Many studies have attempted to understand the phenomena of adaptation to life in the rainy season, the manifestations of maladjustment, the “wintering mental syndrome,” the “phenomenon of the third quarter.” This resulted in further work on the selection of wintering birds, wintering preparation, monitoring during the stay. The research, conducted at the level of shipments of different nations, have gradually helped to refine these fields for the benefit of the polar winters but also at the other extreme environments where staff live in small isolated groups and confined long-term.
But what do we know about the influence of winter on the implementation of life? Very little truth … How is the return to a “normal environment”? Will it rehabilitation? How long does it last? Does this experience make you a different person? You will it help later in your life? On a personal level? On the home front? Professionally? In terms of your relationships with men and women? Vis-à-vis nature? Why do some people aspire to rehiverner? Everyone has his experience, he sometimes shares than its peers. By cons, structured studies on this subject are very rare. The information is unreliable because few objective.
These studies are very rare because difficult to drive. Indeed, it is extremely difficult to follow a representative sample of the population of wintering beyond the period of the rainy season itself. After what is usually a parenthesis in life (polar careers are rare), each pursues its way without necessarily giving new to his comrades or polar bodies. The majority of former wintering is lost sight of. The addresses change, they are no longer reachable to continue to follow them. Are candidates for a new wintering and members of friendly former wintering. But those contacts persist they are a “representative sample”? Most likely: no. The ideal would be to ask follow-up regularly after returning a large “cohort” of randomly designated wintering. This is unfortunately not possible in the long term.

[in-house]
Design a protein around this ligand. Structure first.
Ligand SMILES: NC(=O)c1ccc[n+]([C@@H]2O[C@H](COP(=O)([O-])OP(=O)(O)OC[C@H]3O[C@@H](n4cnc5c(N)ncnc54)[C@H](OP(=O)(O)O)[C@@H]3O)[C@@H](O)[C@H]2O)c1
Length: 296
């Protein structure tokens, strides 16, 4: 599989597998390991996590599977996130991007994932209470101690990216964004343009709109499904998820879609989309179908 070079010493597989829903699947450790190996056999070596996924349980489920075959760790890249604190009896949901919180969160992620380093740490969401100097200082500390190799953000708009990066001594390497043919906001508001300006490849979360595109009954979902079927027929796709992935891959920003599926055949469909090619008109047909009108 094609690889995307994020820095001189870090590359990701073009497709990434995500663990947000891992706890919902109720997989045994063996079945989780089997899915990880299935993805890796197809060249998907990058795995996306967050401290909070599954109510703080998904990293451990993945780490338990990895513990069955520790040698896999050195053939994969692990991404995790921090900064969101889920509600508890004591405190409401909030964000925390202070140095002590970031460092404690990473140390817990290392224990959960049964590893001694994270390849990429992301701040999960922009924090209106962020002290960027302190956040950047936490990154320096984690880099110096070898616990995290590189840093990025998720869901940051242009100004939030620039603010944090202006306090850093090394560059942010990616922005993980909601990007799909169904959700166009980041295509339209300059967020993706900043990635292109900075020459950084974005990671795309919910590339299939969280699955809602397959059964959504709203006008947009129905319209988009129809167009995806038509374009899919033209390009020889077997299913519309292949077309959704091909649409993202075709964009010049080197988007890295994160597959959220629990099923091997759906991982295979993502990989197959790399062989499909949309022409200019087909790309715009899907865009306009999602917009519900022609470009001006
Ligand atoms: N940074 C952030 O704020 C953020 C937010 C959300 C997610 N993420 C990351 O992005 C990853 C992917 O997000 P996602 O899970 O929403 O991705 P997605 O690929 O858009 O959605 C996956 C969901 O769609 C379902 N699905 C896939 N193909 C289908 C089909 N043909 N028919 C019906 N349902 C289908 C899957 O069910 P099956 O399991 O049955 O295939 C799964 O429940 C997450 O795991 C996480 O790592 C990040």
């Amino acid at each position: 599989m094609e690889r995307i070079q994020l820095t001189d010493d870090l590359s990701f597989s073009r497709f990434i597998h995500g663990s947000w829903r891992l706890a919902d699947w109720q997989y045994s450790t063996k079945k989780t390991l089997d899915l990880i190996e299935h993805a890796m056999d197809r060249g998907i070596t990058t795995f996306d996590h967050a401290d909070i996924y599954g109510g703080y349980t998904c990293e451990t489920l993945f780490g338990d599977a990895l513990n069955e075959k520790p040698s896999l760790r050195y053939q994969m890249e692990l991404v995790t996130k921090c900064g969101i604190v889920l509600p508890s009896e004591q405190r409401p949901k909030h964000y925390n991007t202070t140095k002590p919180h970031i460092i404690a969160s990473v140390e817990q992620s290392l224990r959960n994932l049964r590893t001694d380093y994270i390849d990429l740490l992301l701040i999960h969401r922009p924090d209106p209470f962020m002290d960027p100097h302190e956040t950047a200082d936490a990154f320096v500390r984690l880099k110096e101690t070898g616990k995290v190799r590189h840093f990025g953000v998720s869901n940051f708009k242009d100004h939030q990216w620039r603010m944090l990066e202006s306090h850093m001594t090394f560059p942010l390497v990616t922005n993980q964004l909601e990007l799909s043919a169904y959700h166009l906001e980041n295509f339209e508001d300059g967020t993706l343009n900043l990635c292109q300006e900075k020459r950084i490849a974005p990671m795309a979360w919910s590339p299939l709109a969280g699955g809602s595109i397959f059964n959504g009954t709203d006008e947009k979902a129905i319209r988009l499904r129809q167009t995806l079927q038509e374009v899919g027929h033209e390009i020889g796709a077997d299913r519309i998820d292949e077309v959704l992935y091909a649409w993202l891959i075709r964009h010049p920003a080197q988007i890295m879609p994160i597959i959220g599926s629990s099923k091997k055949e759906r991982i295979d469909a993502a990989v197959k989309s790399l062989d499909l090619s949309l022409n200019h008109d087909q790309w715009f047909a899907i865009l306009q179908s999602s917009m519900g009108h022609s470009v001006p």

One solution is to follow both a small cohort of randomly determined wintering, to question the greatest number of “old” who agree to participate in this type of study and compare the answers.
So I invite you to take a survey on the subject conducted by Amaury Solignac, a psychologist who works with the medical service TAAF / IPEV. It performs this work as part of a doctoral thesis in psychology.
This is an excellent way to advance knowledge on this important topic and to help improve the conditions of return to normal life after winter.
Be likely to respond positively to this invitation by filling out the questionnaire that you propose. If you do not receive, you can ask me to send you by email ( firstname.lastname@example.org ).
Thank you in advance for your participation.